20 Movies 20 Years Later

A Film Looks At The Treatment Of Military Women, And Opens A Discussion About Gender Ideology And Inequality

"G.I. Jane" turns 20 this year.

20 Movies 20 Years Later remembers and explores the films that touched us back then and still resonate today. Join A Plus as we rewatch movies released in 1997 and celebrate their contributions to pop culture.

"Failure is not an option." Guts, glory, and hey, feminism, too. G.I. Jane may have just turned 20 years old, but the message within the film about gender ideology and issues of inequality for women in the military still holds true today.

The movie begins with a confirmation hearing for 50-year-old civilian Theodore Hayes (Daniel von Bargen) in front of the Senate Arms Committee, which includes Sen. Lillian DeHaven (Anne Bancroft). The reason this scene is so important is that it sets the precedence for the message within the movie itself. Hayes is reading a speech he prepared for the hearing where he covers accomplishments such as sensitivity training that he claims have been completed by military men regarding women in the military.

Essentially, Sen. DeHaven with her Southern belle, Scarlett O'Hara at 60, sharp-witted tongue appears to use the hearing as a pulpit to raise awareness of the inequality of women in the military, almost appearing to fight for women's rights, but we find out later that — although a female herself — DeHaven ends up being the most corrupt of the politicians.

Lt. Jordan O'Neil (Demi Moore) is selected firsthand by Sen. DeHaven to be the first female to enter special operations training, and hopefully, complete the training to pave the way for other women. 

"This is just a test case, O'Neil. But if it works out — if you work out — it could well change the Navy's official policy on women in combat. Or, actually, its official non-policy." It's kind of hard to turn down the role of hero when the senator is making it seem so glorifying. DeHaven isn't the only one making points in this movie, though. O'Neil makes a few of her own.

Immediately, as an audience, we are exposed to discussions about gender inequality when O'Neil goes home to tell her significant other and fellow shipmate that she's going off to SEAL CRT training. Royce (Jason Beghe) doesn't like the idea and O'Neil thinks it's a once-in-a-lifetime opportunity.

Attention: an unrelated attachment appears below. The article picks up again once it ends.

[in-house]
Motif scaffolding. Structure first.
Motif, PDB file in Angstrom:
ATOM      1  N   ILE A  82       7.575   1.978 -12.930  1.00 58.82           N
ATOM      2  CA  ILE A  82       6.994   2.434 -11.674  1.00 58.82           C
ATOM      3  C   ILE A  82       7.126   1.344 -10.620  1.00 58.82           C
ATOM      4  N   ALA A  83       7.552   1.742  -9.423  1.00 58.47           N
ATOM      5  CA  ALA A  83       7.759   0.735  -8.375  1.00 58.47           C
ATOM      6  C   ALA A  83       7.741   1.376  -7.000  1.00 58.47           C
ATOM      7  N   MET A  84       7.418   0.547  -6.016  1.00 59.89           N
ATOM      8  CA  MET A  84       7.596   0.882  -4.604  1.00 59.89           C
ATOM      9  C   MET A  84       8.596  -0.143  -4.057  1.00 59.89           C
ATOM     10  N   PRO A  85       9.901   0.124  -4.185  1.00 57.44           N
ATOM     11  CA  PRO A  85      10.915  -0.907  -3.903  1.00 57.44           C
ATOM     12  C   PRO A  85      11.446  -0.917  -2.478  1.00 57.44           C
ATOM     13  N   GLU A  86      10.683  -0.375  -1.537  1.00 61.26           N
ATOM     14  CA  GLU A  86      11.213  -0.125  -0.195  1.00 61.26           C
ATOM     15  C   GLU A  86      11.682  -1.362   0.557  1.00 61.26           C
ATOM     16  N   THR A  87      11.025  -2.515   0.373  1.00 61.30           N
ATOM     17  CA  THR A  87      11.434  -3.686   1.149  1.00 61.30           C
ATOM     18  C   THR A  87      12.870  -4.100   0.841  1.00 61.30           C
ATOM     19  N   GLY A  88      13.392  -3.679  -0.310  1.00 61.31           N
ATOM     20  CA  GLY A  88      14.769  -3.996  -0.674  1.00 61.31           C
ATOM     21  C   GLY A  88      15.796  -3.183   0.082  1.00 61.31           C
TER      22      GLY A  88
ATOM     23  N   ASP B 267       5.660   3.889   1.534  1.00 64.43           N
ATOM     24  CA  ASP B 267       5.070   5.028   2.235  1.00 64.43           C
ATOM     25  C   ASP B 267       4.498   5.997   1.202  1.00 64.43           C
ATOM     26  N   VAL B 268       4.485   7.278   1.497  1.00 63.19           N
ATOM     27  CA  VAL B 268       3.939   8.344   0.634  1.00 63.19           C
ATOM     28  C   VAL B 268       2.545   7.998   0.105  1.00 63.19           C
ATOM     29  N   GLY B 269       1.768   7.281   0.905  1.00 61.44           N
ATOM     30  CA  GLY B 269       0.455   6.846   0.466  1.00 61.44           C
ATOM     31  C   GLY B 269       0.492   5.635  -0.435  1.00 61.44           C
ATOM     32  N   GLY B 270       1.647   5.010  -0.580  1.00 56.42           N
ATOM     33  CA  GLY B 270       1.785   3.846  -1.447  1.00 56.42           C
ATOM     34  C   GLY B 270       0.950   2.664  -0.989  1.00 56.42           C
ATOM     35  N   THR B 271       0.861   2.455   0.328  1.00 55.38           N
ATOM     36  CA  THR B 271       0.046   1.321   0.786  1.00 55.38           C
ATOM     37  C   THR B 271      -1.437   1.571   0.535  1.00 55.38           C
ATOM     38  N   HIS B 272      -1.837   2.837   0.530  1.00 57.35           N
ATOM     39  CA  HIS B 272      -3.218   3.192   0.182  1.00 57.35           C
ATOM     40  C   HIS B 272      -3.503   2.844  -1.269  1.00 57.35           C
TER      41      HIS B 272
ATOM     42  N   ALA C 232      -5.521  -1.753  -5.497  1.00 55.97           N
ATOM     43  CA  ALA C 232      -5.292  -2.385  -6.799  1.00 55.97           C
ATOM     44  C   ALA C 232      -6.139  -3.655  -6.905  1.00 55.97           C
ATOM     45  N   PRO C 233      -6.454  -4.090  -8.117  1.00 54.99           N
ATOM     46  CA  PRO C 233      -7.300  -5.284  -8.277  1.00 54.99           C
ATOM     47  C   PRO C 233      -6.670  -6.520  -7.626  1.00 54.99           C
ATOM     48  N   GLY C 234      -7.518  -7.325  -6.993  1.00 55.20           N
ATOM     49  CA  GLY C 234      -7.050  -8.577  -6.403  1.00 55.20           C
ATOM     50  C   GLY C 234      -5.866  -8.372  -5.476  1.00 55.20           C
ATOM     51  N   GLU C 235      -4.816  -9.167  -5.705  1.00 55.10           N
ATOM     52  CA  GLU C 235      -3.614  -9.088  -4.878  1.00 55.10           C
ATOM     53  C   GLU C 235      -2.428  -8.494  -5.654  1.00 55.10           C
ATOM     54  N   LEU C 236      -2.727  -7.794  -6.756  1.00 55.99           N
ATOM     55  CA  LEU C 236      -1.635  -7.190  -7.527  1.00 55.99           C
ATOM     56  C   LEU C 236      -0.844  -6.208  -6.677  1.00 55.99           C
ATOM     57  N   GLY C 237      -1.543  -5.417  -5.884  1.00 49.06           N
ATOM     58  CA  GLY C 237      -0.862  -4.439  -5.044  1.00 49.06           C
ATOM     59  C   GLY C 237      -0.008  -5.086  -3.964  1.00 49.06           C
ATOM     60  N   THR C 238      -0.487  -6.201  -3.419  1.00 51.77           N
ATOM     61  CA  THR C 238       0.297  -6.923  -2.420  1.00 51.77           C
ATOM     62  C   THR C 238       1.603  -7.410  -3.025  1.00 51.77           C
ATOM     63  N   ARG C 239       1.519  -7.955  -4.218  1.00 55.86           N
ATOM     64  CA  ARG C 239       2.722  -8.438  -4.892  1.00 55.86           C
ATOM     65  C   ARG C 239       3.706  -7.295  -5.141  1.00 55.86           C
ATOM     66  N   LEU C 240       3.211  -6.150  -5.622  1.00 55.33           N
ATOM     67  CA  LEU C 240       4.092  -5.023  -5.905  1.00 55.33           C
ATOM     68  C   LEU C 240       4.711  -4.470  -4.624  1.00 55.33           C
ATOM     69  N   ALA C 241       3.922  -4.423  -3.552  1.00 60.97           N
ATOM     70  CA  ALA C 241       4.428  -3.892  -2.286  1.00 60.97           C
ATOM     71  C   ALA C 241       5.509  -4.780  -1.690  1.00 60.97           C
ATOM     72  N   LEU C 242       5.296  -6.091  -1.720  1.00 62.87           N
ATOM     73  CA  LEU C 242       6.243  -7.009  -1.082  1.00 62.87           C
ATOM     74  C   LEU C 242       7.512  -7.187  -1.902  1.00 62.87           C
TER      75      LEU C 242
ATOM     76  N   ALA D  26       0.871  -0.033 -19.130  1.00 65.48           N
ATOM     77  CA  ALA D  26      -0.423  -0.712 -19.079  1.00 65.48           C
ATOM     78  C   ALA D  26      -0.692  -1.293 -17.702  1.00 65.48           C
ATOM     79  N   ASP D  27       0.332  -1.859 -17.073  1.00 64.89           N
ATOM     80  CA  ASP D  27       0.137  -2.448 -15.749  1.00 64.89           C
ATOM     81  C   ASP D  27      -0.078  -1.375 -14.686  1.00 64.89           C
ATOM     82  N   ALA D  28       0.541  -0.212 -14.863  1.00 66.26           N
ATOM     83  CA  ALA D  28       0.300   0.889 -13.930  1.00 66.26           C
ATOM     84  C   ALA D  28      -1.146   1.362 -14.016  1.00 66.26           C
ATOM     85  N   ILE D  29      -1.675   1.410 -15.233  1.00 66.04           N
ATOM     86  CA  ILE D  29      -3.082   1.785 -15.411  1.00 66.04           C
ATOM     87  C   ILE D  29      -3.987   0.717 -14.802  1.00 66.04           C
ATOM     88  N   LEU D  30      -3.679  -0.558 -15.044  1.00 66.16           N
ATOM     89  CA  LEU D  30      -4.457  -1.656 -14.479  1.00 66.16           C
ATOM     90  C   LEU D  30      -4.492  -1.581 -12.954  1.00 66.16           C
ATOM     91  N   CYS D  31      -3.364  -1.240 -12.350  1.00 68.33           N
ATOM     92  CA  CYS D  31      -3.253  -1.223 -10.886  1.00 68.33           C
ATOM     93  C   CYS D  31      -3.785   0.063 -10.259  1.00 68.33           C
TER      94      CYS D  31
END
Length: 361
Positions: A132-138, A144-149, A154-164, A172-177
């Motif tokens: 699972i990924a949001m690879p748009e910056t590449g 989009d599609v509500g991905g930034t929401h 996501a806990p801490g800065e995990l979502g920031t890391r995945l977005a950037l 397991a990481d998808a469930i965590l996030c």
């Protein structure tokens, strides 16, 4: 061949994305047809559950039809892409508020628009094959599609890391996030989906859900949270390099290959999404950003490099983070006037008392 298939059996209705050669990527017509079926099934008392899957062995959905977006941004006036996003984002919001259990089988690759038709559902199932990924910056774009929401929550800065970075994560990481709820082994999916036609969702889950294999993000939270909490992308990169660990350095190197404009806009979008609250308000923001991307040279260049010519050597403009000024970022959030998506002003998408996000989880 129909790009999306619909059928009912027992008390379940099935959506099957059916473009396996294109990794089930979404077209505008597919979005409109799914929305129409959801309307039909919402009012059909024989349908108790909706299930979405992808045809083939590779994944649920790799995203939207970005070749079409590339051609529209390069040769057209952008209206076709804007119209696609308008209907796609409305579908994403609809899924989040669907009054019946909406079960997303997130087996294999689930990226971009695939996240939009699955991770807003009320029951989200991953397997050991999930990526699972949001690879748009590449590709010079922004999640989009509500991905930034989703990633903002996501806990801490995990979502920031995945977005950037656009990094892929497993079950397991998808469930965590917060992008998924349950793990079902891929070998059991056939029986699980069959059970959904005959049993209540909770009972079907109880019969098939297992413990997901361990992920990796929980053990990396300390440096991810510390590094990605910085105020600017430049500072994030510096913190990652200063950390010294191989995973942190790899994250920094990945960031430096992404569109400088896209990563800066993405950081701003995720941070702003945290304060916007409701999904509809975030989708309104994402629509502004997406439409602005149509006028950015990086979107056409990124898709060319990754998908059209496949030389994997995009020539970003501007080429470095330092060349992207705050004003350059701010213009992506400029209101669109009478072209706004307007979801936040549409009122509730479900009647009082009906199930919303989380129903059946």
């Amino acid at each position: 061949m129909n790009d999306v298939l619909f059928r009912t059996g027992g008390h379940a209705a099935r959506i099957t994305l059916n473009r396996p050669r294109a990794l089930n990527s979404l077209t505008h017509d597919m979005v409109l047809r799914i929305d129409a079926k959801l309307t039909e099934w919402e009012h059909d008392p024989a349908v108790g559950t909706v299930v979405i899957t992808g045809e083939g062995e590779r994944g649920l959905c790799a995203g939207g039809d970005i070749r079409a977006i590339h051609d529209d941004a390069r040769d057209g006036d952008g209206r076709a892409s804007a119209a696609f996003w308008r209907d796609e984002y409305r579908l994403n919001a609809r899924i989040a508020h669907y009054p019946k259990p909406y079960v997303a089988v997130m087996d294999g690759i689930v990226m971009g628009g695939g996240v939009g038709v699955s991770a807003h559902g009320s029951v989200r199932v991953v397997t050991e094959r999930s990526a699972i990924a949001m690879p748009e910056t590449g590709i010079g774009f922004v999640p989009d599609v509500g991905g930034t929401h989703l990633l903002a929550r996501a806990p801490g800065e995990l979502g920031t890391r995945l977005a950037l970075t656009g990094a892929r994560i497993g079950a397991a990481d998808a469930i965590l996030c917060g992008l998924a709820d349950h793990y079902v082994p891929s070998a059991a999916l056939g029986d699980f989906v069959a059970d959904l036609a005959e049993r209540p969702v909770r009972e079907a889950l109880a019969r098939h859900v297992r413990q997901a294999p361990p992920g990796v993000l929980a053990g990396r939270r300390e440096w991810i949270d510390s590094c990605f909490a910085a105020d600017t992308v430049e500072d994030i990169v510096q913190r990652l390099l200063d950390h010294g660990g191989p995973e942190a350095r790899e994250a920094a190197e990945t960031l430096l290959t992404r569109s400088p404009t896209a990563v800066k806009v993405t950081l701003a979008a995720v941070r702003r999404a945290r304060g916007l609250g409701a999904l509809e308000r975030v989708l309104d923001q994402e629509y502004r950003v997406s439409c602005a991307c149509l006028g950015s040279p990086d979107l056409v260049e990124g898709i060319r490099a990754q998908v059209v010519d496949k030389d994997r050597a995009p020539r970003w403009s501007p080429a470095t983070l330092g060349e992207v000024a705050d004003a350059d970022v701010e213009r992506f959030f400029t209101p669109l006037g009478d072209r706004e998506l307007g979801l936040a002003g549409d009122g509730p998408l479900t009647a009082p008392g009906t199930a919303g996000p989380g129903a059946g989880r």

"Royce, we're the same age. We entered the Navy the same month, and yet which one of us is wearing more ribbons?" O'Neil tells him. "Operational experience is the key to advancement. Yet anyone with tits can't be on a sub, can't be a SEAL."

Fast-forward to the first day of training. Master Chief Urgayle (Viggo Mortensen) gives his speech about "I never saw a wild thing sorry for itself." This speech really speaks to O'Neil's character. She is given preferential treatment during training, such as being given an extra 30 seconds to finish the training course, and even given an aid step for an obstacle course, and she refuses to use them. All she wants is to be treated as an equal and respected; in fact, she demands it. So much so that she goes head to head with the commanding officer to demand equal treatment because she refuses to feel sorry for herself.

The most widely remembered scene from the movie where O'Neil shaves her head is a pivotal moment, not only as a celebration of her fight against preferential treatment, and to be treated as an equal to her teammates, but also as a switch in gender ideology. O'Neil starts out soft, drinking wine and taking bubble baths, and is suddenly a killing machine with a shaved head and a predilection for scotch and cigars.

There is so much going on in this film that it's almost hard to keep up, but there's one more scene that speaks volumes about the pride, courage, and fight that every military woman has in her. It's during her SERE and POW training that O'Neil fights with Master Chief Urgayle and finally earns everyone's respect. Ironically, the only one who treats her as an equal by beating her mercilessly is Master Chief Urgayle, and she still gets back up for more, even getting in several good shots of her own, but it's that one line that says it all and earns her the respect. "Master Chief!" O'Neil screams as she rises from having seemingly been knocked out. "Lieutenant! Seek life elsewhere!" He advises, to which she responds, "Suck my dick!"

Warning: The below video contains explicit language.

G.I. Jane has layers of messages and themes that are all important, and although we could go on and on about them all and the messages that lie within, the fundamental message is that regardless of sex or even sexual orientation, a woman is just as capable if not more capable of serving her country. We've come a long way in 20 years, but we still have ground to cover in equality and gender ideology. 

G.I. Jane is available on AmazonGoogle PlayiTunesNetflix, and YouTube.

Cover image: Hollywood Pictures

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